"I feel like a lot of bands don't take the cues from their elders, and they're just ripping each other off," says Mercedes of today's metal scene. "We grew up in a house with late-'70s classic rock and early metal, and as we get older our influences are starting to come into our songwriting more. We just don't want to sound like anybody else that's out right now." "The classic metal feel is something that we've grown into," continues Morgan. "As we get older and become better musicians, it's necessary to go back in time and appreciate an older style and the fledgling form of the music you're playing. The '70s and '80s were a magical time in metal and those guys were amazing players. We totally respect it, so why not pay homage if you can pull it off?"

Pull it off they do, "Kingdom Come" kicking the album off in an instrumental fashion that would do Metallica proud and "My Plague" following in true "For Whom The Bell Tolls" fashion, "Ready Aim Riot" packing a guitar swoon similar in style to seminal to the thrash of early Anthrax, and classic rock even getting a nod on "Whisky Love Song," which might emblaze an educated listeners with a vision of Thin Lizzy on speed and steroids. The album is equal parts Kittie's past and equal parts Kittie's future. "For us to move forward," explains Morgan, "we've done a lot of looking back with music, and we wear our influences on our sleeves - Metallica, Death, Carcass, and even classic bands like Thin Lizzy, who Mercedes listens to a lot.

"This album speaks for itself - our musicianship is better, we're more self-assured and comfortable, and we just did what we do with no boundaries and no limitations. We appreciate that people know us from our first album and we respect our history, but we want people to respect and understand what we're doing now and appreciate Kittie for the evolutionary step that we've taken. What we do is both intriguing and frightening at the same time - I think that's why we've been able to keep at it for as long as we have, and why we'll continue to do it for a very long time."

Max talks with Eric from the Sex Slaves
February 28, 2009 05:13 AM PST
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Eric13, Del Cheetah and J/Bomb.

The Sex Slaves sound like they've just stumbled out of a rat-infested, garbage-strewn alleyway after an all-night binge on drugs, booze, cigarettes, and cheap sex.Their music is a sleazy, trashy excursion into the sordid, vomit-splattered underworld of Rock n' Roll where absolutely anything goes and where very few participants actually get out alive. It's a sinfully enticing noise born out of the gutter and raised on a deserted street corner in the Lower East Side of New York City with no future in sight. It's recklessly clothed head-to-toe in denim and black leather with a permanent, sneering scowl adorning its miserably pale face. It ruthlessly wields a razor-sharp switchblade knife, often times slashing its very own flesh deep down to the bone just to watch itself bleed. It's a magnificent addiction, a pleasurable perversion, a lewd and crude musical art form worthy of undying devotion. It's only Rock n' Roll, and the Sex Slaves wear it well. Play it LOUD, or Don't Play It At All!!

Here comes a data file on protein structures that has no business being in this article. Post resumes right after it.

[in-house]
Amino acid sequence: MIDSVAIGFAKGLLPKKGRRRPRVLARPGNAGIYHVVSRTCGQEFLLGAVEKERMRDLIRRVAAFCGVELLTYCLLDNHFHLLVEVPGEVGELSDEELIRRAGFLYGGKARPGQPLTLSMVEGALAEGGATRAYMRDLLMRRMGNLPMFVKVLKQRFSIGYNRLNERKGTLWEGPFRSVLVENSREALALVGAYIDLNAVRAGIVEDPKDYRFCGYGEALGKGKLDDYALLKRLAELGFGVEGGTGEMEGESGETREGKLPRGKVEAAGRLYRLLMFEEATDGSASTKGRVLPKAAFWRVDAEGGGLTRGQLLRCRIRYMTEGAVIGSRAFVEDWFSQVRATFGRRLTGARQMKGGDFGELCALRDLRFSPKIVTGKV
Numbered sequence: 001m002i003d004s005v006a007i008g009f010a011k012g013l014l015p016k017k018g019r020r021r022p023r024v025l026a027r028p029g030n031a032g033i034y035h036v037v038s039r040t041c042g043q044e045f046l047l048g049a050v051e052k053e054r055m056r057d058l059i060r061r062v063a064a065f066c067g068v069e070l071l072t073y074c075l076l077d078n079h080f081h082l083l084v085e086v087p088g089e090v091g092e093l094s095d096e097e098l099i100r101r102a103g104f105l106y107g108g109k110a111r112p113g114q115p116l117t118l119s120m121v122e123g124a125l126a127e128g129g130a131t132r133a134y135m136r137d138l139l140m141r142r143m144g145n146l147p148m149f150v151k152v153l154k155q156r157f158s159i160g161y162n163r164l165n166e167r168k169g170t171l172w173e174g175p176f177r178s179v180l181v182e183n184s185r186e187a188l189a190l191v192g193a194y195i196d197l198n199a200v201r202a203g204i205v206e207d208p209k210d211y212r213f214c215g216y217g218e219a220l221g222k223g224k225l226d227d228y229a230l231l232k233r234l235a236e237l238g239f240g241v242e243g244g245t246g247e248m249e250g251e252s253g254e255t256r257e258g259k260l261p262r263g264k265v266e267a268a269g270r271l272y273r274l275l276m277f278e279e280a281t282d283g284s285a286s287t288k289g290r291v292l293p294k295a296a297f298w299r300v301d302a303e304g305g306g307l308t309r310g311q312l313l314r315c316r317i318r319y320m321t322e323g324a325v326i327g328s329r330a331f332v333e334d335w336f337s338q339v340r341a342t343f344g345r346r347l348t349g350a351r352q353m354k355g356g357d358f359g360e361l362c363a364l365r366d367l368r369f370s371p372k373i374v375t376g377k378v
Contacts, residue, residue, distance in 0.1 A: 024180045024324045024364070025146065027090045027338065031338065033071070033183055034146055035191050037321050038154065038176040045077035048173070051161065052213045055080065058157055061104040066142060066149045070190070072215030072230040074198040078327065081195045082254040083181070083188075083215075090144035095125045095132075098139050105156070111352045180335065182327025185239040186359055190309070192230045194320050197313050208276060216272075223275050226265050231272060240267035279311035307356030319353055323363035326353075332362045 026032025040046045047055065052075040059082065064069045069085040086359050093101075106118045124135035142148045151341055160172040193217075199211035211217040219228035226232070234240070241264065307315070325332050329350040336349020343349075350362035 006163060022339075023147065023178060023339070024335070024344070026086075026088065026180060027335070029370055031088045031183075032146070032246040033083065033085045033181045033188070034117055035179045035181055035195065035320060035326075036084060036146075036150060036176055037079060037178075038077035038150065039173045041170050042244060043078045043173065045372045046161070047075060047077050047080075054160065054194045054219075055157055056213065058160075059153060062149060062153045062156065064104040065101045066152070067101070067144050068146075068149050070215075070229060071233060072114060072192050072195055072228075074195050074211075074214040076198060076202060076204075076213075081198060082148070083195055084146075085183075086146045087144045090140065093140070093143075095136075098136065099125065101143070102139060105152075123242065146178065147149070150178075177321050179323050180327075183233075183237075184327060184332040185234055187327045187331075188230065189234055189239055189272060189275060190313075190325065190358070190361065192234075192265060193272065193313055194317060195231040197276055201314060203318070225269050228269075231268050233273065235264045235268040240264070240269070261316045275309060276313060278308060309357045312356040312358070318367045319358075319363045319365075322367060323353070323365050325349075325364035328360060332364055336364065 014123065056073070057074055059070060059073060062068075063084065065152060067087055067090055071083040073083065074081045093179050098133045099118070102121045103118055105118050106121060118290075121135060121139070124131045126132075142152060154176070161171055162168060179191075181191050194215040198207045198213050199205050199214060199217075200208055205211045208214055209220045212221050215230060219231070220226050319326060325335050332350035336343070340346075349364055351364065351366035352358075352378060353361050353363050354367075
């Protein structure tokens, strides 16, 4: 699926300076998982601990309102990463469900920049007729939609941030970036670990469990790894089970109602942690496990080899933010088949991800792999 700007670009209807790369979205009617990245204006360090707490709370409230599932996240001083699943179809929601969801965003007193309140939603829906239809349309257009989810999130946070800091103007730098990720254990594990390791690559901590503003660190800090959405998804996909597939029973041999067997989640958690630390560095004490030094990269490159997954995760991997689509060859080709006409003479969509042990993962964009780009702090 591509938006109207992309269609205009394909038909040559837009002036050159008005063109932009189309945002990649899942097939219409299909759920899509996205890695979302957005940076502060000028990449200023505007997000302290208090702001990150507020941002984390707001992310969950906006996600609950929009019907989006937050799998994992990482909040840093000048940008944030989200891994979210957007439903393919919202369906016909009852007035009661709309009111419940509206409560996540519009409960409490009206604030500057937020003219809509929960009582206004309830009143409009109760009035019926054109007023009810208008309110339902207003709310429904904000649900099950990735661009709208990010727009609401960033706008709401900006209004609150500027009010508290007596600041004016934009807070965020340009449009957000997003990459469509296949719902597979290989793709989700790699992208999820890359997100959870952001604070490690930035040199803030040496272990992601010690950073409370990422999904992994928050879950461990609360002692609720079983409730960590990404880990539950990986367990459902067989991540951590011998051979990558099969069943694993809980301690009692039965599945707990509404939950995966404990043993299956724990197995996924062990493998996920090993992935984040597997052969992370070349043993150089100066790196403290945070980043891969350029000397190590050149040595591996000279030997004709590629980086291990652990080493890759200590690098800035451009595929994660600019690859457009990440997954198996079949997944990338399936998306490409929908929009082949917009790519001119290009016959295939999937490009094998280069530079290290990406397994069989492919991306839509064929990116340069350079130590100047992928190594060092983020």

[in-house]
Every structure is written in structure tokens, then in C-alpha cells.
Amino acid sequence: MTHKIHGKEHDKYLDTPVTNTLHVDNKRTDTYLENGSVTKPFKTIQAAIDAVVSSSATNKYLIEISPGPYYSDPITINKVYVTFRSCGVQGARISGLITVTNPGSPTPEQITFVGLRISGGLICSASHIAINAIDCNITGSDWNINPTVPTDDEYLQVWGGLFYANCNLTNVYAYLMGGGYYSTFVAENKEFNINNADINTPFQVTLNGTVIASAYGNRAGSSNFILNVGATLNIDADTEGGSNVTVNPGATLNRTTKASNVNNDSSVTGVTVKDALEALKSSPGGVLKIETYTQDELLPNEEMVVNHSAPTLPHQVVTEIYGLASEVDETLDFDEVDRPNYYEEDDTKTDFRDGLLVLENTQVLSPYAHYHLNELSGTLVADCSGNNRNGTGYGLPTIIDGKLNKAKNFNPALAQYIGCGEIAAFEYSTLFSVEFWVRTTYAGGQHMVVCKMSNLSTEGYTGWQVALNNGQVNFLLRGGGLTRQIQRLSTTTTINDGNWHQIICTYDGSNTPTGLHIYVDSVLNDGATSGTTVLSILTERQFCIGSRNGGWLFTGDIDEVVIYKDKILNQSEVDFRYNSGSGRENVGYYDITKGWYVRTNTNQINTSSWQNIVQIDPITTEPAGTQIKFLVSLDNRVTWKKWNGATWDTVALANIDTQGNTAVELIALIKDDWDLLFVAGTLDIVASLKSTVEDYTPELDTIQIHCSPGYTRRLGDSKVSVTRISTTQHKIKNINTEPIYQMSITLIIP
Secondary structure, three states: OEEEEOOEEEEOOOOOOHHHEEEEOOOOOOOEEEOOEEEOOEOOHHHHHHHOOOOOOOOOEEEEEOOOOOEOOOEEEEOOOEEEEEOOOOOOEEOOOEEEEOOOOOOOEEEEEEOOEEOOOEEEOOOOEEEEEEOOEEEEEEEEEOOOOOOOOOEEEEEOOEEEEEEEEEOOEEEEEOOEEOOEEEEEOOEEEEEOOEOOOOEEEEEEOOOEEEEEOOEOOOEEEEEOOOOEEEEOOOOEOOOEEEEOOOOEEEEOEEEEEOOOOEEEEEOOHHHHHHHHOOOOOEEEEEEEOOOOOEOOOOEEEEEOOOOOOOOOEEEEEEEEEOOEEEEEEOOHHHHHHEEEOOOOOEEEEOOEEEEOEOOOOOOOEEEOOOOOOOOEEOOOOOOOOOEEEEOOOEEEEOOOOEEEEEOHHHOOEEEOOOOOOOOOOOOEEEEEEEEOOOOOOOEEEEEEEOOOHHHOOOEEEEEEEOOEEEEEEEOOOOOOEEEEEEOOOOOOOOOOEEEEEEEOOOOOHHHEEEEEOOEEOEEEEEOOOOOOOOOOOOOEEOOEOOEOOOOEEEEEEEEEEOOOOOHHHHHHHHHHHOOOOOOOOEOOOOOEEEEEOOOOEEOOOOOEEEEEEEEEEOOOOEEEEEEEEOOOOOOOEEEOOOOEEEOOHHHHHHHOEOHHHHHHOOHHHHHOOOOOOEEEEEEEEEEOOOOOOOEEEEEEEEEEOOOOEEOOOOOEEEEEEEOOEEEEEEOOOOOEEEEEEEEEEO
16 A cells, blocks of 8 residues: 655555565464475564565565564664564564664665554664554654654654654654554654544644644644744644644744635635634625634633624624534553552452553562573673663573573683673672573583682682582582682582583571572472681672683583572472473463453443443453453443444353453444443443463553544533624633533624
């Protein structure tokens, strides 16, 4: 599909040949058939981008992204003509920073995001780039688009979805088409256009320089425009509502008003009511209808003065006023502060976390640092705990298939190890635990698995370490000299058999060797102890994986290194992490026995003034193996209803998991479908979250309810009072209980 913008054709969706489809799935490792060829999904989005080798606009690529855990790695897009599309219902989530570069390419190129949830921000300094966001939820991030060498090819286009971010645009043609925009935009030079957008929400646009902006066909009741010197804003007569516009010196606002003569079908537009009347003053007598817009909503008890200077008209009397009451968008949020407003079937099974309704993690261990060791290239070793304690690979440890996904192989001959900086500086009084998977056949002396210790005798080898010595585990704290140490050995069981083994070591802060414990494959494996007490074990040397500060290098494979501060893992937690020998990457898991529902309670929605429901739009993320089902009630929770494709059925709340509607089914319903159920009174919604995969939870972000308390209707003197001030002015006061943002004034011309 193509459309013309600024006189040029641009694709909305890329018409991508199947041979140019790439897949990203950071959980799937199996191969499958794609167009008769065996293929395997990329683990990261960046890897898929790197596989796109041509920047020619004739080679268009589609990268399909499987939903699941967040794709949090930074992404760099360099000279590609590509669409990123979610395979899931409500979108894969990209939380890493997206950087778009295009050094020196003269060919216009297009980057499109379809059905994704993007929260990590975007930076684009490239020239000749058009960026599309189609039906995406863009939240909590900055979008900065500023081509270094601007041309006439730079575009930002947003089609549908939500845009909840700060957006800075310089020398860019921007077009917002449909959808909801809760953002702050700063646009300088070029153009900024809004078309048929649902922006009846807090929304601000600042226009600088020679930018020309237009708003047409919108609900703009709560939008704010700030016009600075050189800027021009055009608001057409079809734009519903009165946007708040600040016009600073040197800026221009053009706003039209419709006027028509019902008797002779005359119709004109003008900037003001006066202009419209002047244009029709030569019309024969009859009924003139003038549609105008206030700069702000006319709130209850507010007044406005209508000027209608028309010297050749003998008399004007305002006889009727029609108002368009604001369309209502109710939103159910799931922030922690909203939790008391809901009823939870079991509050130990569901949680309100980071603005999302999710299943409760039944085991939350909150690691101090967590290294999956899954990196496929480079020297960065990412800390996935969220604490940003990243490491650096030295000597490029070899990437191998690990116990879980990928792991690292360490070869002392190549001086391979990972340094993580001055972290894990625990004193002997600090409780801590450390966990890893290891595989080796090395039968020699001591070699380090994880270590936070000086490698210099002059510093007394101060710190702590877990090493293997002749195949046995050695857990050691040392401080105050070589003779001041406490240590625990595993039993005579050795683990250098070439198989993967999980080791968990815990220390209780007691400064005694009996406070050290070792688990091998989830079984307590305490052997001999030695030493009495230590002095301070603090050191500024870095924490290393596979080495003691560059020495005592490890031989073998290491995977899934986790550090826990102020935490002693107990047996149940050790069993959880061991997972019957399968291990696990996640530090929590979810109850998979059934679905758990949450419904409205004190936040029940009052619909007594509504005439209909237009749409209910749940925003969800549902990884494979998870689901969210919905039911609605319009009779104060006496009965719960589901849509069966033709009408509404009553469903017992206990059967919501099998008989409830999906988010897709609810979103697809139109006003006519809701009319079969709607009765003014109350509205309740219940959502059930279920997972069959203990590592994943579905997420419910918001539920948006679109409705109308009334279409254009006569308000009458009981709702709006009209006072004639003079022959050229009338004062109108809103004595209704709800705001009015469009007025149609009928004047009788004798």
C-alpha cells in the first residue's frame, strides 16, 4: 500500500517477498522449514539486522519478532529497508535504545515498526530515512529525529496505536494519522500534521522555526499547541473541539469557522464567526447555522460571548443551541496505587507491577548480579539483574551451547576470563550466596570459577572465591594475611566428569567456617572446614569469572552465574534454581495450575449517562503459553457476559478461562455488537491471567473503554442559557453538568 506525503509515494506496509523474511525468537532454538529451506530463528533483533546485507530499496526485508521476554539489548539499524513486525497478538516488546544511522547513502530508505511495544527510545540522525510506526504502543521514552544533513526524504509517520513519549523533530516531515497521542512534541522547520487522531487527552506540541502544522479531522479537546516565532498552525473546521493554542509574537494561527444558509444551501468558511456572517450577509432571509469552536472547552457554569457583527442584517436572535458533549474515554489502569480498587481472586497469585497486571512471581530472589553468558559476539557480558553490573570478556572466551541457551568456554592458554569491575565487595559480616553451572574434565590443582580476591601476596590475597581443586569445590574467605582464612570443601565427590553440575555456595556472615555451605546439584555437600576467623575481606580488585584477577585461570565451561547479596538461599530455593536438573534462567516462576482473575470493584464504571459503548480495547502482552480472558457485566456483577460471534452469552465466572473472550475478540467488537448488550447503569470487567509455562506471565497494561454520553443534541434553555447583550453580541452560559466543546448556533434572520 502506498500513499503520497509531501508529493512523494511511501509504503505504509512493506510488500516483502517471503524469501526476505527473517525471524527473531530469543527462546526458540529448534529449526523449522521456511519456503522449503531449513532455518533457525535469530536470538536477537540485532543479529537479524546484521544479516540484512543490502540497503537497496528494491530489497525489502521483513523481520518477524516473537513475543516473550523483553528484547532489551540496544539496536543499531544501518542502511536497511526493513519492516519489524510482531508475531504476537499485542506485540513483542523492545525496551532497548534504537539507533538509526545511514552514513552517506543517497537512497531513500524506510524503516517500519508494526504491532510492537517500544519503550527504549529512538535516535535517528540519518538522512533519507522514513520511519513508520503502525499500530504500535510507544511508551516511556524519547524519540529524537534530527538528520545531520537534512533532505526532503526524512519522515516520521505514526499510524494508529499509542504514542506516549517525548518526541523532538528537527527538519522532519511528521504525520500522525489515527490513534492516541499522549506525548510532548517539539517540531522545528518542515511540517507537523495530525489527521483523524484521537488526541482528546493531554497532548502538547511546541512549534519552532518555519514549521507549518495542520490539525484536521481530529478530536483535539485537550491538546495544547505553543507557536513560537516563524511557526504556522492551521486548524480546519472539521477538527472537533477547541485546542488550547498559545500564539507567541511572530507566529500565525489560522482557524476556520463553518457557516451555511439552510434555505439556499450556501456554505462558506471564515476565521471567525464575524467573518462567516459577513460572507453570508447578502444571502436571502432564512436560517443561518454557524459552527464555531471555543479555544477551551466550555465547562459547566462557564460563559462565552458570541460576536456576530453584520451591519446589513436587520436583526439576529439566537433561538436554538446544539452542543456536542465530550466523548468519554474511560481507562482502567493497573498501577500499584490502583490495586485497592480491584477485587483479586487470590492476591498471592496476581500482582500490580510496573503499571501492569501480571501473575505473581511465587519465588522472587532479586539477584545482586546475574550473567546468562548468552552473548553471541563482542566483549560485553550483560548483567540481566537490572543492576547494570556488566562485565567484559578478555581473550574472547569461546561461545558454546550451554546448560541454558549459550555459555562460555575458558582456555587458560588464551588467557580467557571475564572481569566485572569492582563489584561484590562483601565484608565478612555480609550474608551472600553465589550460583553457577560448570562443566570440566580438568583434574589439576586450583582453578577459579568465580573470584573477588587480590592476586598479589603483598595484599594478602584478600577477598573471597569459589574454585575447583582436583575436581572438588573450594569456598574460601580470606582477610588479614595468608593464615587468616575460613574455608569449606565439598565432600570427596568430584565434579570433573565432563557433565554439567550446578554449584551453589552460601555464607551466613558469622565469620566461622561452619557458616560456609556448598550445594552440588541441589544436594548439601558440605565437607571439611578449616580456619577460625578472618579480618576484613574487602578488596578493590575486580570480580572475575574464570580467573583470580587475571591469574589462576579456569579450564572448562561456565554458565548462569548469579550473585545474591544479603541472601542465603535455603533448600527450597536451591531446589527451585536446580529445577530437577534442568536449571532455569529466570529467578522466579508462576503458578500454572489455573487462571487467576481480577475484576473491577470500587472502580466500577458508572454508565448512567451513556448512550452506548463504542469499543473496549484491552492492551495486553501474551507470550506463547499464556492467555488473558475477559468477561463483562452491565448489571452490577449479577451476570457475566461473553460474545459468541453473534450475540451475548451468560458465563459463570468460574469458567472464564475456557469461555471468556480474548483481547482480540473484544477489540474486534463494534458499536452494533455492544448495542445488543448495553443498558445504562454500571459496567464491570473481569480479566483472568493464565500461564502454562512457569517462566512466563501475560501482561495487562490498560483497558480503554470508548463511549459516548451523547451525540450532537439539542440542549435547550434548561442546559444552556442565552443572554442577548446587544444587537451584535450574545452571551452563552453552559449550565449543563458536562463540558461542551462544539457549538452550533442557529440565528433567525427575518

ROAD WARRIORS : 300 shows in 18 months - from NYC to Canada to Japan, from Oklahoma City to Corpus to Dallas to El Paso, from New Orleans to Las Vegas, Miami to Cleveland to Chicago to Toronto to Philly. Seattle to Southern Cali to Sharon, PA then back to Hutchinson, Kansas. From Niagara Falls to Mt. Rushmore to the Grand Canyon to the Liberty Bell. From CBGB’s to Green Door to the Viper Room, Shinjuku Loft to Back Booth to Call the Office. A couple thousand shots of Jack Daniel’s, a couple thousand cheeseburgers. Thousands of miles of highways, back roads and load-in zones. Soon we will do it all again.

ALL NEW SONGS are being recorded now – ‘Bloodlust’, ‘I Live at Night’, ‘Burn in Hell’...

A NEW ALBUM is coming and we can't wait to give it to you.

Get ready…

Max talks with Chris Johnson
August 05, 2009 01:20 PM PDT
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Max talks with Chris johnson, guitarist for Holy Rage. A musician with many years of music in his background talks of working with Al Atkins, previous gigs, and his arsenal of guitars.

March 21, 2009 11:04 AM PDT
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For those who know real life is not "High School Musical 3" and real music is not "The Jonas Brothers." WBH does not flinch from referencing darker situations and emotions from life in their music. Life is not always perfect and music should reflect that paradigm

Max talks with Ronny Munroe from Metal Church
August 05, 2009 01:33 PM PDT
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Max talk with "the voice" of Metal Church Ronny munroe about the dibanning of Metal Church and his new solo project.

Max talks with Jugular
February 28, 2009 05:07 AM PST
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Band Members MadCoaL-Vocals ***Monster - Bass***Riga- Guitar***


If it's been written musically in ROCK, PUNK, CLASSICAL, JAZZ, BLUES anything but country (puke) then it's influenced us.